I’ve been a deer hunter for more than 45 years and have accumulated much knowledge to share, but I’ve had little time to write down my tips. I decided to send Buckmasters a few of my favorite uses for bungee cords, ratchet and pull-down straps — things you may never have thought of.
Ratchet and Pull-down Straps
One of my favorite stands is a real doozy. It’s on a secluded island in Virginia that requires me to pull on a pair of chest waders and cross a creek to reach my tree.
The walk is long and sweaty, but that’s where the mature bucks are, and I’ve collected more than my fair share of nice antlers off this island.
Once I get all my bulky gear up the tree, I don’t want to leave anything on the ground for the deer to discover.
My backpack is filled with a change of dry clothes, but now I have to deal with soggy wader boots, wet clothes and wet waders, along with all my other gear. Where can I store this extra stuff?
No problem! The ratchet and/or pull-down straps allow me to quickly secure the bulky gear to the tree, above a deer’s line of sight and smell.
I have my island stand gear-hanging routine down to a science, and the straps take care of securing whatever items are too heavy and bulky to snap down with my bungee cords (see below).
The ratchets also come in handy for quickly securing a stand that might have worked a little loose.
Most hunters think of bungee cords as something to keep deer stands and backpacks from clanging around when making long walks. We also think of them as a way to attach gear (and deer) to our 4-wheelers and ATV racks. But there are other ways I find bungees useful.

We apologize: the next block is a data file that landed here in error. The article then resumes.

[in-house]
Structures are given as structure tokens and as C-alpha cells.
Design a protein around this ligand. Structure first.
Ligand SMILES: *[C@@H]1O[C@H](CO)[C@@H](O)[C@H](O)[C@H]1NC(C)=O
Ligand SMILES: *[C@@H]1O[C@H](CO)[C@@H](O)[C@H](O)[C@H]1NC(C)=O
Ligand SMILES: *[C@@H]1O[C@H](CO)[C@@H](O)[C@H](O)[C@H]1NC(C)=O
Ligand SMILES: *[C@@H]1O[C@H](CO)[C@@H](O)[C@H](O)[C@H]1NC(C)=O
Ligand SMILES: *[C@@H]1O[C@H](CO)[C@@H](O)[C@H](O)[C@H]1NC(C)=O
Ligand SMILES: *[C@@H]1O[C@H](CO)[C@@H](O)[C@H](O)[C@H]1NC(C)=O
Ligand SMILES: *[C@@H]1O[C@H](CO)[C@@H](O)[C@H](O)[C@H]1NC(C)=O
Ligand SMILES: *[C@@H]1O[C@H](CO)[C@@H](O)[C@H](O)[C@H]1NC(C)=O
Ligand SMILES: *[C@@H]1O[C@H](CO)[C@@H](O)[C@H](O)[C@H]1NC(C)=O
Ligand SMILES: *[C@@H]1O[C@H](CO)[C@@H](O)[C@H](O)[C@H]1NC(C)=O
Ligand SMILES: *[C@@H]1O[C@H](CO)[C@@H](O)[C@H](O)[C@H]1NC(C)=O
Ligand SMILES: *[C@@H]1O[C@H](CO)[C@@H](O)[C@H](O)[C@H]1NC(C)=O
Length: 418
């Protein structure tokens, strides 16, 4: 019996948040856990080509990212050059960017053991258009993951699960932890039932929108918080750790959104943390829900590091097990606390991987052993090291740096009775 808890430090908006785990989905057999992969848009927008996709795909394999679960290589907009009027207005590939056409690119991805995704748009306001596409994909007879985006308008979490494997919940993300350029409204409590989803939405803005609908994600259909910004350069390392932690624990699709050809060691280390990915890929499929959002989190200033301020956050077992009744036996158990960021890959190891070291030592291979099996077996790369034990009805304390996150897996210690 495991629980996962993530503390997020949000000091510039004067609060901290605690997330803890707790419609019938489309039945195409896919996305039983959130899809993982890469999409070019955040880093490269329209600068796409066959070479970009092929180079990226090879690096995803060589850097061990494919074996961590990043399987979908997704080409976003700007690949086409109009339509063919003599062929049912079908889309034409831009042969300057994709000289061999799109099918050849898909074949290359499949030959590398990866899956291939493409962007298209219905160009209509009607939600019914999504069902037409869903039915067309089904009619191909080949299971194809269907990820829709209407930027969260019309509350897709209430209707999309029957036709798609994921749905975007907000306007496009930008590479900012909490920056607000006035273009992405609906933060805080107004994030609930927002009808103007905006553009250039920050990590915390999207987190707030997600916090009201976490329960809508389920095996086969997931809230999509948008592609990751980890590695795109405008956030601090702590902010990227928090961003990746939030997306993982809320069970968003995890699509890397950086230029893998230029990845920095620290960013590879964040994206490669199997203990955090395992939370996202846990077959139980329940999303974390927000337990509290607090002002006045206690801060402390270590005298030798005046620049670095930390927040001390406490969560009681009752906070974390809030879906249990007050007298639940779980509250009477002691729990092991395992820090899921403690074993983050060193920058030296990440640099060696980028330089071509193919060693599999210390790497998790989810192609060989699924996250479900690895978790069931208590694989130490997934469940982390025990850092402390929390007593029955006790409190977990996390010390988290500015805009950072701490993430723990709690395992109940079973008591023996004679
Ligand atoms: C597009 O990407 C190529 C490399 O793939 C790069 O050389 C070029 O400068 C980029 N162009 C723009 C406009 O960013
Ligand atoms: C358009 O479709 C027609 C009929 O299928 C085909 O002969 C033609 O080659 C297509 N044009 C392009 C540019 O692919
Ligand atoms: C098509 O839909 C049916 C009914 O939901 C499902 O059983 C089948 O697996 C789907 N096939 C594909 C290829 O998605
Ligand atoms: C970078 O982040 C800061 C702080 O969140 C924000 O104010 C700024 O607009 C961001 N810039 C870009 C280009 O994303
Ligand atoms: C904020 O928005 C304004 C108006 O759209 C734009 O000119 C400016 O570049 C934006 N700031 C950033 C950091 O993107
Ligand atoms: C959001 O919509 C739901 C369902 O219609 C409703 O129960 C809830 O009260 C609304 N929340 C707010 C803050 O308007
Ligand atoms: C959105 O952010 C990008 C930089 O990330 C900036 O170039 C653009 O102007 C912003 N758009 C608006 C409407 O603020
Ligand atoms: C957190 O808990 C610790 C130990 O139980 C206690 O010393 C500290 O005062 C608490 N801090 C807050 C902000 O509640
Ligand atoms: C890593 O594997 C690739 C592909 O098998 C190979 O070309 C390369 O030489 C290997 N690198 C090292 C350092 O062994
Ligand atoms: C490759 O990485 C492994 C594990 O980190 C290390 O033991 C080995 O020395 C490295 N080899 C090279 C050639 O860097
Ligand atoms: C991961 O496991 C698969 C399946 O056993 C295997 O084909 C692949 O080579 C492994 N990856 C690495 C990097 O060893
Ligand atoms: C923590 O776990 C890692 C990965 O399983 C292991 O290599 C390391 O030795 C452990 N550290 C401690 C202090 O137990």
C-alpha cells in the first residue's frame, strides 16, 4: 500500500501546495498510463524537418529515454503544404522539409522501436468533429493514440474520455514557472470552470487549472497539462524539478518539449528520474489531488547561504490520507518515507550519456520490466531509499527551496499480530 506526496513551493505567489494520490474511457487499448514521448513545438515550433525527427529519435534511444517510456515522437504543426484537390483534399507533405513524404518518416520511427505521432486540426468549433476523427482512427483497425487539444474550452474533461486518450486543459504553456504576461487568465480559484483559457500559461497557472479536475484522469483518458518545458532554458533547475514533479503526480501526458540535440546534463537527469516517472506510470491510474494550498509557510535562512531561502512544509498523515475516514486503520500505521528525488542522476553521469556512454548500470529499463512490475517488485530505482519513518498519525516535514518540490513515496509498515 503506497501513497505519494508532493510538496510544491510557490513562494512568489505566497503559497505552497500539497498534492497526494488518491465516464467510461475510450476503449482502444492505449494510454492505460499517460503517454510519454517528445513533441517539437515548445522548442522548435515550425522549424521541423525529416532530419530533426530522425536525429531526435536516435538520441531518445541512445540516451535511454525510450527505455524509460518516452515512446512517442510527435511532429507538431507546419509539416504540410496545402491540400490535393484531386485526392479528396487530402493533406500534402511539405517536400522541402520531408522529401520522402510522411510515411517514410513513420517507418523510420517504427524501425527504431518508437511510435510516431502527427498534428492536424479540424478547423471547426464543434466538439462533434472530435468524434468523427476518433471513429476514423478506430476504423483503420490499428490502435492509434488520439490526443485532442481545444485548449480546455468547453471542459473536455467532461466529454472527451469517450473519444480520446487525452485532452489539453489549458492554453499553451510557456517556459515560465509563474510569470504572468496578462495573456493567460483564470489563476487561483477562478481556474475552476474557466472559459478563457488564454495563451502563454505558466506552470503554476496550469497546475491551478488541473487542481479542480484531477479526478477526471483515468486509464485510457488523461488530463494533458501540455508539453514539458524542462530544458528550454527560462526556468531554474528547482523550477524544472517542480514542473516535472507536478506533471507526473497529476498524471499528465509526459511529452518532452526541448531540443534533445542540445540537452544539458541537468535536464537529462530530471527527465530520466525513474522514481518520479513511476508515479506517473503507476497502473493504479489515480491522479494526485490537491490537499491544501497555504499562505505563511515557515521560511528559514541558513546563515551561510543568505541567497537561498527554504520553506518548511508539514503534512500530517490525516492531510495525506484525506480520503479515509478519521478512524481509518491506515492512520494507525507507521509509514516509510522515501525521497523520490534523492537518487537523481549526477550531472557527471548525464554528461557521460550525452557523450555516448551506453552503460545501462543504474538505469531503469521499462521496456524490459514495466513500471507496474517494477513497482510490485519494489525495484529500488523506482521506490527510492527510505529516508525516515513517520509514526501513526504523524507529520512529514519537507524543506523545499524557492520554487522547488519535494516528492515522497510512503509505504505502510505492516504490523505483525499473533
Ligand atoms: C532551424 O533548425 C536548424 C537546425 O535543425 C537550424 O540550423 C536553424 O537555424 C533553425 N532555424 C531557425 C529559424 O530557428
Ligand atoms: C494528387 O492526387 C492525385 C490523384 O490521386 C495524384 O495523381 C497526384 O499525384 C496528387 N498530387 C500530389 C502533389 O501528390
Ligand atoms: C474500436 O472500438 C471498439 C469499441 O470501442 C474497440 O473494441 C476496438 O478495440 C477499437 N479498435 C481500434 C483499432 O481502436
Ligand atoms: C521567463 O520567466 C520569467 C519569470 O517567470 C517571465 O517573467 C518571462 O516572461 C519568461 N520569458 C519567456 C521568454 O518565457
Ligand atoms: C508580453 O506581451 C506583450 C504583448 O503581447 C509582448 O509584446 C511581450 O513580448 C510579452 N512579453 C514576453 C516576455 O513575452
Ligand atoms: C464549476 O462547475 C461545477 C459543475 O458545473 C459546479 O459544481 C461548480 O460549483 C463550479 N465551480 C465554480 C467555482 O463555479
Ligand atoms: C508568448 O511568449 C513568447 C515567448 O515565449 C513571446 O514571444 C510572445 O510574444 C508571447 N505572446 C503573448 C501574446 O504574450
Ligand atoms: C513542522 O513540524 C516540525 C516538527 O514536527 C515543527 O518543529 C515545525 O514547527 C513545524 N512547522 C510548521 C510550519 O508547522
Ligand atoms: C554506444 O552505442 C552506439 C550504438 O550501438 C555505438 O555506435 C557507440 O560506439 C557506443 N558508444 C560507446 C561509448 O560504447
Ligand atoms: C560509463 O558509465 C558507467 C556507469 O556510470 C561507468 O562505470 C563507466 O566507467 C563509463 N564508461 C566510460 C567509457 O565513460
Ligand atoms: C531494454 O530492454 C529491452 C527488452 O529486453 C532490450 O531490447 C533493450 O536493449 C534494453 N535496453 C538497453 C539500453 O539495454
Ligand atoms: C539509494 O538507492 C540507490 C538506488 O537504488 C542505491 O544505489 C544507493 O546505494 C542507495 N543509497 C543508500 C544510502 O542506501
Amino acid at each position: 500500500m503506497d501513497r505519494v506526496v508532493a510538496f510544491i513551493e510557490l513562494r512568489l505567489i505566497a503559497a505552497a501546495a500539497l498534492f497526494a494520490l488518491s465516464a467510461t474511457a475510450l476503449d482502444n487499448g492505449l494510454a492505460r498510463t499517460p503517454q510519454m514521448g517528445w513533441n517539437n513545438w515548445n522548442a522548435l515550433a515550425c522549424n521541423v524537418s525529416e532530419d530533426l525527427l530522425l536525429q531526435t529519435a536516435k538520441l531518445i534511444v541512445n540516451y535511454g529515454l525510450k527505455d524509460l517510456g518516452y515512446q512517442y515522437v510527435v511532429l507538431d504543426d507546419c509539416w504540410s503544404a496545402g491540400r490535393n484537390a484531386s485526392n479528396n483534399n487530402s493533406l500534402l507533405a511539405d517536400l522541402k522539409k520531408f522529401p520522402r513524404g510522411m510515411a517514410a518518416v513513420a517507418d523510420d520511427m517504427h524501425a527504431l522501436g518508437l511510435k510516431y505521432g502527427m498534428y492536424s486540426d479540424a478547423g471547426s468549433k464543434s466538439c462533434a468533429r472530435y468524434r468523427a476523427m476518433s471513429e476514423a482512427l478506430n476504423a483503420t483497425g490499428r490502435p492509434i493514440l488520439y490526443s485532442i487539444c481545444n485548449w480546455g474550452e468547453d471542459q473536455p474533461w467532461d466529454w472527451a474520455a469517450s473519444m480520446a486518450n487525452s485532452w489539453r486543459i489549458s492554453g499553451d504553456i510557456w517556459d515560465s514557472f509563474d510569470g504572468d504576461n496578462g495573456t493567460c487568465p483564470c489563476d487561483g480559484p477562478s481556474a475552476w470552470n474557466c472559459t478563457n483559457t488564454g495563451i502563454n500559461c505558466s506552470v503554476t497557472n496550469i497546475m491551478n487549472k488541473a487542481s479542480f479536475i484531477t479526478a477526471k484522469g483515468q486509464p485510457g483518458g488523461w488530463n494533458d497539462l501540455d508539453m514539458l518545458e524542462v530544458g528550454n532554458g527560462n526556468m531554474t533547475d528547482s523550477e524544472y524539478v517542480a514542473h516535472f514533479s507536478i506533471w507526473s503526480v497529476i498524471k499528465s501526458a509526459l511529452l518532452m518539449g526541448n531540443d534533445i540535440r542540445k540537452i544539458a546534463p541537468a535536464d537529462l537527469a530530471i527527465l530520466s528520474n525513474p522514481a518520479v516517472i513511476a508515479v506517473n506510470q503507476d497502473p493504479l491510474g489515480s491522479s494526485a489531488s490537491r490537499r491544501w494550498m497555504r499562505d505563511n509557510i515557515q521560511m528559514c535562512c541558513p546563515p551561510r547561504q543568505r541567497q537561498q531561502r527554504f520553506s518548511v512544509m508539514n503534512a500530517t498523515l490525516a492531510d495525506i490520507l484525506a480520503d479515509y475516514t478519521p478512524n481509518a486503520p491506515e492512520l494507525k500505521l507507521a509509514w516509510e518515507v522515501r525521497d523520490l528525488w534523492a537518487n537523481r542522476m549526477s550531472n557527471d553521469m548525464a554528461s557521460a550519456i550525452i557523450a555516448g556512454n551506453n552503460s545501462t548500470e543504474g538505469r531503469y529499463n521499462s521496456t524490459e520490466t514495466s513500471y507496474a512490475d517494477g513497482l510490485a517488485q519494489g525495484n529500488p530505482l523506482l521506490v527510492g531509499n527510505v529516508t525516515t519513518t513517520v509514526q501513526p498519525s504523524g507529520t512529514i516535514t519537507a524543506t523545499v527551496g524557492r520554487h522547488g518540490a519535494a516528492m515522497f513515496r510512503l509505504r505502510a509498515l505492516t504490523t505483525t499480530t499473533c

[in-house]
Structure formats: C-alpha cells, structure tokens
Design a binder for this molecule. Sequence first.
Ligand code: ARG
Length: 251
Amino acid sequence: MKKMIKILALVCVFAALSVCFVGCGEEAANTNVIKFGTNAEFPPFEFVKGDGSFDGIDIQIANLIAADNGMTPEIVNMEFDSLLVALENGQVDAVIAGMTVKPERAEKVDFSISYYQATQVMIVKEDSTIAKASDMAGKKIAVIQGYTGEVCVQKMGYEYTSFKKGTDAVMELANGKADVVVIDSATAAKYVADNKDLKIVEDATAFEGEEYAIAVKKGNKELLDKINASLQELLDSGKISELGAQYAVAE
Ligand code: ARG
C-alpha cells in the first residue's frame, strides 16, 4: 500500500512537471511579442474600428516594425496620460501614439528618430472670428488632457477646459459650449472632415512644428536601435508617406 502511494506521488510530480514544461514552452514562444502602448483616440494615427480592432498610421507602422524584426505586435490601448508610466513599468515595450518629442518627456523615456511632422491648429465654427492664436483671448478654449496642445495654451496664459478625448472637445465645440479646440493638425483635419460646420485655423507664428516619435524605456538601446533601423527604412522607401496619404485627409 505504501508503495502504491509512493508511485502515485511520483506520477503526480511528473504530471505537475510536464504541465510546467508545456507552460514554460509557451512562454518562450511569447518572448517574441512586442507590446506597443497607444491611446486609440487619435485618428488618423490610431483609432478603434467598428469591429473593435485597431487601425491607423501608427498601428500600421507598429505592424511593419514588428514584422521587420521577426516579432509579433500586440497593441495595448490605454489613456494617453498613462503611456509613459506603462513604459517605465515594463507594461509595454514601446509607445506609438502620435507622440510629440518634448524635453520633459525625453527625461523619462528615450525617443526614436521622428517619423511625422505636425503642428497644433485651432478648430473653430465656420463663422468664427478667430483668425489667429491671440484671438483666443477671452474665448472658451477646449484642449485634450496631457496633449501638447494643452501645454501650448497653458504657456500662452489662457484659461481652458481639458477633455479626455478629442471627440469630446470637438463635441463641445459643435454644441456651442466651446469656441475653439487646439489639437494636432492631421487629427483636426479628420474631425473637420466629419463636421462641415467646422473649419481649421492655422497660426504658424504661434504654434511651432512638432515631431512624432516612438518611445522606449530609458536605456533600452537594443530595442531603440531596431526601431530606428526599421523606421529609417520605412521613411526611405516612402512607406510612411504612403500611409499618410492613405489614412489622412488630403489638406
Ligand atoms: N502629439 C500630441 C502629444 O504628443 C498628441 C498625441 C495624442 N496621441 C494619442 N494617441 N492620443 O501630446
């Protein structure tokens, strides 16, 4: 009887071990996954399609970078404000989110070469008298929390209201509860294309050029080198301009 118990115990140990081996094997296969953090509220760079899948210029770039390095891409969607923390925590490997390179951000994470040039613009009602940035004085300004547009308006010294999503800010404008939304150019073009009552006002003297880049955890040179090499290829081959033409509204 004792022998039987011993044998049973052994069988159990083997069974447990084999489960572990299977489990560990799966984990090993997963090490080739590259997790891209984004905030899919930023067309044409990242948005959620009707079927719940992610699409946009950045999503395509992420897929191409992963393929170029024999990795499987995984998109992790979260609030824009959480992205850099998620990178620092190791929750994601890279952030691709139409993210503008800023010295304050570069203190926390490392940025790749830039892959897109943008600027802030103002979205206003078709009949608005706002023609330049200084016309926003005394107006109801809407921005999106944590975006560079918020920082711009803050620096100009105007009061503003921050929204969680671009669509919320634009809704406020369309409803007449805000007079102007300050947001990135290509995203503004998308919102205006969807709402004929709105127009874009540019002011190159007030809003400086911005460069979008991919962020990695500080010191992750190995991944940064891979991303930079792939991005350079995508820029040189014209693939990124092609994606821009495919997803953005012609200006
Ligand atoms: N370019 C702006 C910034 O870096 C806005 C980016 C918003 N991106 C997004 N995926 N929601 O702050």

When I get settled into a treestand, I always hook a couple of bungees tightly around the tree behind my stand, within easy reach. The size and number of bungees depends on the size of the trunk.
Now I can easily snap my grunt call, binoculars and rattling antlers to the tree, along with other small items such as gloves, rangefinders, pee bottles and so forth. I can reach everything easily and remove my gear quickly and quietly.
For shots when I am facing the tree, I can sometimes slip my gun barrel underneath the bungee, which creates a stable yet movable shooting platform.
The bungee should be loose enough to allow you to follow a moving deer, and you should push the barrel through so the cord is close to the stock’s forend, not near the tip of the barrel or you’ll risk losing long-range accuracy.
If you don’t like anything touching your gun barrel, you can hook your fingers through the bungee and still be able to hold the firearm. Now you have a rock-solid rest.
– Photo Courtesy of Mark Douglas
If you have a unique or special tip you’d like to share with Buckmasters fans, please email it to firstname.lastname@example.org and, if chosen, we will send you a cap signed by Jackie Bushman, along with a knife!
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